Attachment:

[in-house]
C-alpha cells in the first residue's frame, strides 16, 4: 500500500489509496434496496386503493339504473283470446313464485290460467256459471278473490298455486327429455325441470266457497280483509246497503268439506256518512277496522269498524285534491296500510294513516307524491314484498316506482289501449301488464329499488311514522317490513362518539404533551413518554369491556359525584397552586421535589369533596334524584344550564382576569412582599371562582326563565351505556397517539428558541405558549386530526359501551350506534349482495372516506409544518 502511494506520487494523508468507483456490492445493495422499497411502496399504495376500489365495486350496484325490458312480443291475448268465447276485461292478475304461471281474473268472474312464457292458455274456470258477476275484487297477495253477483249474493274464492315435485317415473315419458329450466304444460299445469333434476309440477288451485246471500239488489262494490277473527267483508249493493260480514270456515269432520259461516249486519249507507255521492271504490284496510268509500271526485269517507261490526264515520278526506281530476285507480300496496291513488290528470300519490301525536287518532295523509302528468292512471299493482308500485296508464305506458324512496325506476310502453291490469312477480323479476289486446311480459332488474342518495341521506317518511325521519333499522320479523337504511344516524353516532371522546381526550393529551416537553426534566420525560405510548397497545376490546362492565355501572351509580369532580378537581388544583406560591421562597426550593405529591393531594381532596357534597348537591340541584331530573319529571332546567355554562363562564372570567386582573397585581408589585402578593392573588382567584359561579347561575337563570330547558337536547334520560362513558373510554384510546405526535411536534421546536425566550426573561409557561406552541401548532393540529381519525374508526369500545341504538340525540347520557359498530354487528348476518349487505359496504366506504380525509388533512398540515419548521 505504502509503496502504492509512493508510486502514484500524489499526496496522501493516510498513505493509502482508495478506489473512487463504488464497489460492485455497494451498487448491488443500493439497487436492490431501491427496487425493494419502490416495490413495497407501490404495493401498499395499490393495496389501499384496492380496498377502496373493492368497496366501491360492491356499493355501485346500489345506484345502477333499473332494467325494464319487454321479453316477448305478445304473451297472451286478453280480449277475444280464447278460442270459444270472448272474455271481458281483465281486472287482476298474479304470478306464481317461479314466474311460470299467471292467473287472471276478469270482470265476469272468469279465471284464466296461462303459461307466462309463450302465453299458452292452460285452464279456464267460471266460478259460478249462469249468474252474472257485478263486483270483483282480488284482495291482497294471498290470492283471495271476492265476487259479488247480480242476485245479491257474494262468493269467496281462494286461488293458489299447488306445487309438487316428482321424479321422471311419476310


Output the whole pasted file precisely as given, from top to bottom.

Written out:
[in-house]
C-alpha cells in the first residue's frame, strides 16, 4: 500500500489509496434496496386503493339504473283470446313464485290460467256459471278473490298455486327429455325441470266457497280483509246497503268439506256518512277496522269498524285534491296500510294513516307524491314484498316506482289501449301488464329499488311514522317490513362518539404533551413518554369491556359525584397552586421535589369533596334524584344550564382576569412582599371562582326563565351505556397517539428558541405558549386530526359501551350506534349482495372516506409544518 502511494506520487494523508468507483456490492445493495422499497411502496399504495376500489365495486350496484325490458312480443291475448268465447276485461292478475304461471281474473268472474312464457292458455274456470258477476275484487297477495253477483249474493274464492315435485317415473315419458329450466304444460299445469333434476309440477288451485246471500239488489262494490277473527267483508249493493260480514270456515269432520259461516249486519249507507255521492271504490284496510268509500271526485269517507261490526264515520278526506281530476285507480300496496291513488290528470300519490301525536287518532295523509302528468292512471299493482308500485296508464305506458324512496325506476310502453291490469312477480323479476289486446311480459332488474342518495341521506317518511325521519333499522320479523337504511344516524353516532371522546381526550393529551416537553426534566420525560405510548397497545376490546362492565355501572351509580369532580378537581388544583406560591421562597426550593405529591393531594381532596357534597348537591340541584331530573319529571332546567355554562363562564372570567386582573397585581408589585402578593392573588382567584359561579347561575337563570330547558337536547334520560362513558373510554384510546405526535411536534421546536425566550426573561409557561406552541401548532393540529381519525374508526369500545341504538340525540347520557359498530354487528348476518349487505359496504366506504380525509388533512398540515419548521 505504502509503496502504492509512493508510486502514484500524489499526496496522501493516510498513505493509502482508495478506489473512487463504488464497489460492485455497494451498487448491488443500493439497487436492490431501491427496487425493494419502490416495490413495497407501490404495493401498499395499490393495496389501499384496492380496498377502496373493492368497496366501491360492491356499493355501485346500489345506484345502477333499473332494467325494464319487454321479453316477448305478445304473451297472451286478453280480449277475444280464447278460442270459444270472448272474455271481458281483465281486472287482476298474479304470478306464481317461479314466474311460470299467471292467473287472471276478469270482470265476469272468469279465471284464466296461462303459461307466462309463450302465453299458452292452460285452464279456464267460471266460478259460478249462469249468474252474472257485478263486483270483483282480488284482495291482497294471498290470492283471495271476492265476487259479488247480480242476485245479491257474494262468493269467496281462494286461488293458489299447488306445487309438487316428482321424479321422471311419476310